ABSOLUTE BEGINNERS - COLIN MACINNES
It's the mod bible, according to Paul Weller, and if he says so then so it is for who else could be better placed to make such a judgement? Absolute Beginners by Colin MacInnes evokes a period and paints a picture of a time long past when the idea of 'teenage' and a London emerging from the wreckage of World War 2 was something very new and exciting. It's a description of a time when Britain was on the cusp of a great sea change where economic spending power and the very idea of it lent a piquancy to those never in possession of it before.
The story is neither here nor there because the point of Absolute Beginners is in the language, the descriptions and the observations, and if read like this is thoroughly enjoyable if not - it should be said - a tad slow. Practically everyone has a nickname apart from the unnamed narrator, and everyone talks in an endearing hep cat jive slang that displays a love of English and American idioms. People are referred to as 'cats', girls as 'chicks', police as 'cowboys', and coloured people as 'Spades'. Most endearing of all, a good many sentences spoken by the characters finish with the word 'child' in the way that people nowadays would say 'mate'. It's a term used with affection and one that's never used nowadays at all - and it really should.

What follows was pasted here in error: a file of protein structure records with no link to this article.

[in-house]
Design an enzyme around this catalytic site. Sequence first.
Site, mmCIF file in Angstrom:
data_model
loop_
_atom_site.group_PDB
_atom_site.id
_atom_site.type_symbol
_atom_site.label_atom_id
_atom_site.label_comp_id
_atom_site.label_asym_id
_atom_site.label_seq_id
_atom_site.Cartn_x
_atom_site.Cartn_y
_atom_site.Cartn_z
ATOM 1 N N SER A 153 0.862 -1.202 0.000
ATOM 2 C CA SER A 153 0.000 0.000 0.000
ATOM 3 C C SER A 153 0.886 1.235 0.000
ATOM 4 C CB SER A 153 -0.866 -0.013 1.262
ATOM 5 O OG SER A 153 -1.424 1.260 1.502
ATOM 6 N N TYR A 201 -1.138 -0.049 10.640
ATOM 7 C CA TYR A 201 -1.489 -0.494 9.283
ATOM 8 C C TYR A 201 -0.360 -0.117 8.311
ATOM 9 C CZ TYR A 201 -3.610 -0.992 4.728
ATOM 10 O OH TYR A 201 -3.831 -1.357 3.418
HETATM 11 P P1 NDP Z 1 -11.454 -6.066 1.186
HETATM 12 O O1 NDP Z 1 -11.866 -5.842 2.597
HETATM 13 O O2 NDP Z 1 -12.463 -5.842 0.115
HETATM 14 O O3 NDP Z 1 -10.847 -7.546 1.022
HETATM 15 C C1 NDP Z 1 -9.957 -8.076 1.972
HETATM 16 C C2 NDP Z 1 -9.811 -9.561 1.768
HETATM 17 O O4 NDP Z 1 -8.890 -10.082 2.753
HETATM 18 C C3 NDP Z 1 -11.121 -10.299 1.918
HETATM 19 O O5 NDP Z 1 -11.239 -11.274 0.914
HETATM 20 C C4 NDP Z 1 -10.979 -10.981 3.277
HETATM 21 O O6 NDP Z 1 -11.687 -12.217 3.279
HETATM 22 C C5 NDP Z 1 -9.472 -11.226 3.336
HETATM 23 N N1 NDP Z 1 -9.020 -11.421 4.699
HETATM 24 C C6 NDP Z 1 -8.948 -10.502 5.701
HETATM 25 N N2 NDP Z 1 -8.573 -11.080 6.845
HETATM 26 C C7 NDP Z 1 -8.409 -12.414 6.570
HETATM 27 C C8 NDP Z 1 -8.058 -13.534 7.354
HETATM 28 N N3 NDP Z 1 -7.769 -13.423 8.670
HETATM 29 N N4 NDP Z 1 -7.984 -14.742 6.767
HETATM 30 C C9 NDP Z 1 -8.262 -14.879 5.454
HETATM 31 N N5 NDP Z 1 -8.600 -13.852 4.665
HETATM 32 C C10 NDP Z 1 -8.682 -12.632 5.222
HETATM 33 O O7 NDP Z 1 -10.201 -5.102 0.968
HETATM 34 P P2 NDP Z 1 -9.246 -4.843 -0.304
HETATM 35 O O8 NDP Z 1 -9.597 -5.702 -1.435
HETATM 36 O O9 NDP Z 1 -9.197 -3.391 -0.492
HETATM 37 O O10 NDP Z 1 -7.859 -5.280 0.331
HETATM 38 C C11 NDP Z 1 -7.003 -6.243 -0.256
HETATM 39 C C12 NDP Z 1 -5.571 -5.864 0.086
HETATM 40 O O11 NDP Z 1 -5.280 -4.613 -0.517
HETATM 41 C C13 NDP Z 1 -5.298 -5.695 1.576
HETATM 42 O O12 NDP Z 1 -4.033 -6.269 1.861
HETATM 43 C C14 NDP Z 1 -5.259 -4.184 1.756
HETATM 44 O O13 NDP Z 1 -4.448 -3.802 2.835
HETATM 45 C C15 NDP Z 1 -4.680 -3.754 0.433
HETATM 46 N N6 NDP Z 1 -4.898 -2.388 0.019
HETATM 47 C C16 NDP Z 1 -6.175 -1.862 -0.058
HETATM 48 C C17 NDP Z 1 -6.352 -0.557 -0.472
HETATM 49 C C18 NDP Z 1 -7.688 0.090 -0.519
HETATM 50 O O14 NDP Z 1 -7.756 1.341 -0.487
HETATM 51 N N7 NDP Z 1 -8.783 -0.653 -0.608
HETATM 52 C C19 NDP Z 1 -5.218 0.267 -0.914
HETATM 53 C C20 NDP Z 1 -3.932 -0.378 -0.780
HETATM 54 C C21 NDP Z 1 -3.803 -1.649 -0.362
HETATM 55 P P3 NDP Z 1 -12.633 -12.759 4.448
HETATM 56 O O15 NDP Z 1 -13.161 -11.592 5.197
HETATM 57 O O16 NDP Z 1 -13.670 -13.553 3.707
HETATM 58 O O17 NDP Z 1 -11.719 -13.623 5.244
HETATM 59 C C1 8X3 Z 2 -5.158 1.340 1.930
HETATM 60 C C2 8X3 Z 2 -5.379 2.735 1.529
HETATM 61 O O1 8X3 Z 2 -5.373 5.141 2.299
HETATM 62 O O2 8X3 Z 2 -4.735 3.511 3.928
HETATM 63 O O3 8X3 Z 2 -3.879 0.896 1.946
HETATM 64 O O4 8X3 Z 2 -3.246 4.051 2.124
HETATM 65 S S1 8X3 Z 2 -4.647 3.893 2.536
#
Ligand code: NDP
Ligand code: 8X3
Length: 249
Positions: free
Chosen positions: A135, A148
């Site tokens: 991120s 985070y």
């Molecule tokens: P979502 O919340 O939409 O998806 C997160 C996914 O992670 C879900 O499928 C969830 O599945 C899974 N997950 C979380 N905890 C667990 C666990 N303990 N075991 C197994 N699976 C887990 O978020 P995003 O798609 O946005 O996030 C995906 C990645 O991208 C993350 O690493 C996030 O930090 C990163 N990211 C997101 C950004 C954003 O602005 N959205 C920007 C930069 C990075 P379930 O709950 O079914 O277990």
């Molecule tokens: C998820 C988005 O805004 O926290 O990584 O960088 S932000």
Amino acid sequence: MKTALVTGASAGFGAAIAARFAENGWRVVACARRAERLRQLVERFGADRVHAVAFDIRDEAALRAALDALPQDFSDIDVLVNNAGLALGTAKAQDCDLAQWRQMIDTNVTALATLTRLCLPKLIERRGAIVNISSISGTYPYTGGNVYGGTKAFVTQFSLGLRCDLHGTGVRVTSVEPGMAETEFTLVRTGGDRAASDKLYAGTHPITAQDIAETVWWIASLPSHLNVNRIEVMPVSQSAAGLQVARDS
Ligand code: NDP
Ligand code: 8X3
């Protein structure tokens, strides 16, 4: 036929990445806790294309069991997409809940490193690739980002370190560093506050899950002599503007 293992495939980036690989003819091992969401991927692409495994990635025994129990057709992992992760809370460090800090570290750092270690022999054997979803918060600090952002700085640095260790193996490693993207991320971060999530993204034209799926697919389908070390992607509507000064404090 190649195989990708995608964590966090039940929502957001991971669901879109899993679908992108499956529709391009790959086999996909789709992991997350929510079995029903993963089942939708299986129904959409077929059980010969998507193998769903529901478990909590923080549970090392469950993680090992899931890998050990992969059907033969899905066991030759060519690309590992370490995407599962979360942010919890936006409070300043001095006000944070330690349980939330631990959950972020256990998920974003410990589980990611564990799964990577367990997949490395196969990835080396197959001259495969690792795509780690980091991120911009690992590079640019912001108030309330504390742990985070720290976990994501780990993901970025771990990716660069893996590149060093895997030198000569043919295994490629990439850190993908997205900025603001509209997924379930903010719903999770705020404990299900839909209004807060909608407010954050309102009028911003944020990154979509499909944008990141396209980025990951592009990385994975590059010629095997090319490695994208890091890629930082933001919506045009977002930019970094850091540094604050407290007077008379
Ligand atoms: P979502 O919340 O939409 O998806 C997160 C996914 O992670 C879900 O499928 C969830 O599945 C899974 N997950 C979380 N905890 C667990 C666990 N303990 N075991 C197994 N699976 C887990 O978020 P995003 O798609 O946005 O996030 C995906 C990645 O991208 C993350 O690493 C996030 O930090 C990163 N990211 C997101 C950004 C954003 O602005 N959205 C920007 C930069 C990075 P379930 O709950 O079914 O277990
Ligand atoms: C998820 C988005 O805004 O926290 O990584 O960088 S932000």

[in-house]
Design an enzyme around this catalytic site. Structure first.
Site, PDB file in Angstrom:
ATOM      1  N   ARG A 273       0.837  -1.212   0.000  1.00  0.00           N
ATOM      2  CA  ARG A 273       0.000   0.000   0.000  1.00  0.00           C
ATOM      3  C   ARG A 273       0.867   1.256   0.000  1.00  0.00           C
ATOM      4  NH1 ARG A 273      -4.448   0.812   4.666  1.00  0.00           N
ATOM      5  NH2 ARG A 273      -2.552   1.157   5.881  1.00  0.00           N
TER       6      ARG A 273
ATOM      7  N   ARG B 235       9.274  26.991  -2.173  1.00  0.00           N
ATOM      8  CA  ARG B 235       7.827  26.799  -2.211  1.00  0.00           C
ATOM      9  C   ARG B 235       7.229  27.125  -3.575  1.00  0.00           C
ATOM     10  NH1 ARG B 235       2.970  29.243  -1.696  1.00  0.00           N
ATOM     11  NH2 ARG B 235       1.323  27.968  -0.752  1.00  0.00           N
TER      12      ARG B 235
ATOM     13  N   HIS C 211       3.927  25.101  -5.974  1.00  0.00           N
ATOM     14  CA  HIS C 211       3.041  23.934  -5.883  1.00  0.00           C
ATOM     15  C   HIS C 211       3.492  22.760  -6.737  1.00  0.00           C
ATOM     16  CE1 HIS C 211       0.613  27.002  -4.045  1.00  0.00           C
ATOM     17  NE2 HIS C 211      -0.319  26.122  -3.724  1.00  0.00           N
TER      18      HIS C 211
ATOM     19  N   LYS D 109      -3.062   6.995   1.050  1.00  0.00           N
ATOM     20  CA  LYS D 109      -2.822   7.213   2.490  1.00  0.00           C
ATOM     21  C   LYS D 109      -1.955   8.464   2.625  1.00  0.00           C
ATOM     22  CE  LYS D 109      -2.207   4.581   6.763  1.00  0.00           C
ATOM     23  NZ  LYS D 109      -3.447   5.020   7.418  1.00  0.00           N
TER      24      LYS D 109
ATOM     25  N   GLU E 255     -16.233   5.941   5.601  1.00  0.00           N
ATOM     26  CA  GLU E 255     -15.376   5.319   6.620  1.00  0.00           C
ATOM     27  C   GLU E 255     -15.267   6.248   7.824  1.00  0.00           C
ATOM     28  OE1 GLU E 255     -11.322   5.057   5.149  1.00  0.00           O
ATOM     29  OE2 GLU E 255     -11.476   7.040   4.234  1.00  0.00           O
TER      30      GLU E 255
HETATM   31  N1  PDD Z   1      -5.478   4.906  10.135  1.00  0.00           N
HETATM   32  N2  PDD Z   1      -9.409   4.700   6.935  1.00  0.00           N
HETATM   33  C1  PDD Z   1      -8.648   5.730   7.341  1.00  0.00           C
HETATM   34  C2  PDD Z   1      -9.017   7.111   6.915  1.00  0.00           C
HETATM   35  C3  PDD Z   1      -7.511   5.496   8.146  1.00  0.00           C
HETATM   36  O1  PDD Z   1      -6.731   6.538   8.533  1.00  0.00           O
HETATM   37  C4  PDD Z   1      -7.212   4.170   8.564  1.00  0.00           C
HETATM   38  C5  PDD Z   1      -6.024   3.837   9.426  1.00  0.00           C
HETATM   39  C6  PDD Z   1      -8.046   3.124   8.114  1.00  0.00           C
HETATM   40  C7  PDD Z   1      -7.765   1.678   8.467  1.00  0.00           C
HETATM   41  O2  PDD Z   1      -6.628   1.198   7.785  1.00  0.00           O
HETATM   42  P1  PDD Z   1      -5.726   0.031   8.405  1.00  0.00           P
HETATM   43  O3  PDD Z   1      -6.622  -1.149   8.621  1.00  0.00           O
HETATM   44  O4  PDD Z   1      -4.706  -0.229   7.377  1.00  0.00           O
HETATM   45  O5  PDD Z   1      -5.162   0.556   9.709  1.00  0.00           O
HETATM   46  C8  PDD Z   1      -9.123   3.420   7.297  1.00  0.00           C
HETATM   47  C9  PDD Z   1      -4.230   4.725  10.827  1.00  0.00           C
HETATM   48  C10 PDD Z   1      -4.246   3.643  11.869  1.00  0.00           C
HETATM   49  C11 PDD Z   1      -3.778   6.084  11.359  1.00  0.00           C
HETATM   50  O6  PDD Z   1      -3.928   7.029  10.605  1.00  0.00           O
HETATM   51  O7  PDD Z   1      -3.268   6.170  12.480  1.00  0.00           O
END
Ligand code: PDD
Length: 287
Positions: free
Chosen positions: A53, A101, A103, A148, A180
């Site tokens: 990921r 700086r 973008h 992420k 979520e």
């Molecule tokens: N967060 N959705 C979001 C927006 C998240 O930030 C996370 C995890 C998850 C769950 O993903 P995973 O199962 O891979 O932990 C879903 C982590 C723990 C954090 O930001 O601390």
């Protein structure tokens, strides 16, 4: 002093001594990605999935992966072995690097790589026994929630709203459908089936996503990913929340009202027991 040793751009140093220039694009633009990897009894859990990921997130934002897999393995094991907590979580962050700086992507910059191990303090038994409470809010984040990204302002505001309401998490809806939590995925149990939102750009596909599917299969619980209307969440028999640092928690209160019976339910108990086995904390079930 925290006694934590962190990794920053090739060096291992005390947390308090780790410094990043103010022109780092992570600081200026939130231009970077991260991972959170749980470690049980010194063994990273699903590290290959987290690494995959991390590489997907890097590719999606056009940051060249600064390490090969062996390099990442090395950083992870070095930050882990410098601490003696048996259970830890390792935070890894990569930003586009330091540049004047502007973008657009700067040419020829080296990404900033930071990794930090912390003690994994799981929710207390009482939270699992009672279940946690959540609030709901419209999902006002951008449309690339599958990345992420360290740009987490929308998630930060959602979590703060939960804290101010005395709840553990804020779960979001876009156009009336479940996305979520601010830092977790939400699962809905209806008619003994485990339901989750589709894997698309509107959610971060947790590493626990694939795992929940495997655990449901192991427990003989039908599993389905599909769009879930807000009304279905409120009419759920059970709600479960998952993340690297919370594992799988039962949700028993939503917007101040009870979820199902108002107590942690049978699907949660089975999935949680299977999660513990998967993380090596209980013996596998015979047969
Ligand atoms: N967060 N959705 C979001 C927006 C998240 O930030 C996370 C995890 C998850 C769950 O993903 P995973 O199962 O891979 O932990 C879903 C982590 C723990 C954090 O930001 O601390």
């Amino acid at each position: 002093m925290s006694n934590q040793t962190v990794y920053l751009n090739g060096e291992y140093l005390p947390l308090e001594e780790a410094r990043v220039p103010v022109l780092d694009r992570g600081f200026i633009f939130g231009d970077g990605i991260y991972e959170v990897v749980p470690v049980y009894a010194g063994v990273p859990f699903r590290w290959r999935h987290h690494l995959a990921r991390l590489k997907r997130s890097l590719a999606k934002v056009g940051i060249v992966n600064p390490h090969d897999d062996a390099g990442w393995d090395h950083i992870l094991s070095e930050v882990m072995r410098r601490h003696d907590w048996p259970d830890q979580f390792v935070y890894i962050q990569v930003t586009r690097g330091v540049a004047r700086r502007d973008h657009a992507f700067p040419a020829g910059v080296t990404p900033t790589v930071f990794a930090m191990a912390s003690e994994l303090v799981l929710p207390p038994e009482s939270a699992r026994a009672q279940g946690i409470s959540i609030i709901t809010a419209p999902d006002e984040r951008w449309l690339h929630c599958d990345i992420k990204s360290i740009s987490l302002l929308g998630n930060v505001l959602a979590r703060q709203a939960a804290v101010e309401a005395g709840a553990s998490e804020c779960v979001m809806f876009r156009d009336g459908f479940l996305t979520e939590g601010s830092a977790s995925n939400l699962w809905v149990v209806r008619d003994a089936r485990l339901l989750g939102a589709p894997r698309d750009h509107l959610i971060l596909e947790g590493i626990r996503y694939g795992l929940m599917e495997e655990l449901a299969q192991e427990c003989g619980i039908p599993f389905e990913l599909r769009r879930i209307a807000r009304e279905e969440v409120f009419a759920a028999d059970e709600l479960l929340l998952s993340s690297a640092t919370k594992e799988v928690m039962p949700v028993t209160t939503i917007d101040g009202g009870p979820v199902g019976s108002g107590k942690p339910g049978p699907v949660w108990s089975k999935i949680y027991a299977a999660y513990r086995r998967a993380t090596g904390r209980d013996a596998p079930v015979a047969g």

It's interesting that Colin MacInnes was in his forties when he wrote Absolute Beginners because reading it today it feels as though it's absolutely the voice of a teenager. Though very specific to the time period it's set in, as in 1958, there's an authenticity about the narrator's voice and outlook that doesn't fall into cliché or direness. Three years after publication, Anthony Burgess's A Clockwork Orange would be published and though not acknowledged, the influence of Absolute Beginners upon the way Burgess had his Droogs talk is obvious.
At one point, the narrator thinks to himself: "My lord, one thing is certain, and that's that they'll make musicals one day about the glamour-studded 1950s." Little could MacInnes imagine that one day a musical would be made of his book starring David Bowie and the legendary Lionel Blair. Not that the film of Absolute Beginners should really be associated with the book because they just don't compare as one is absolute rubbish and the other is required reading for anyone with the slightest interest in British culture.
Paul Weller is probably right but I do wonder how Julien Temple got it so spectacularly wrong?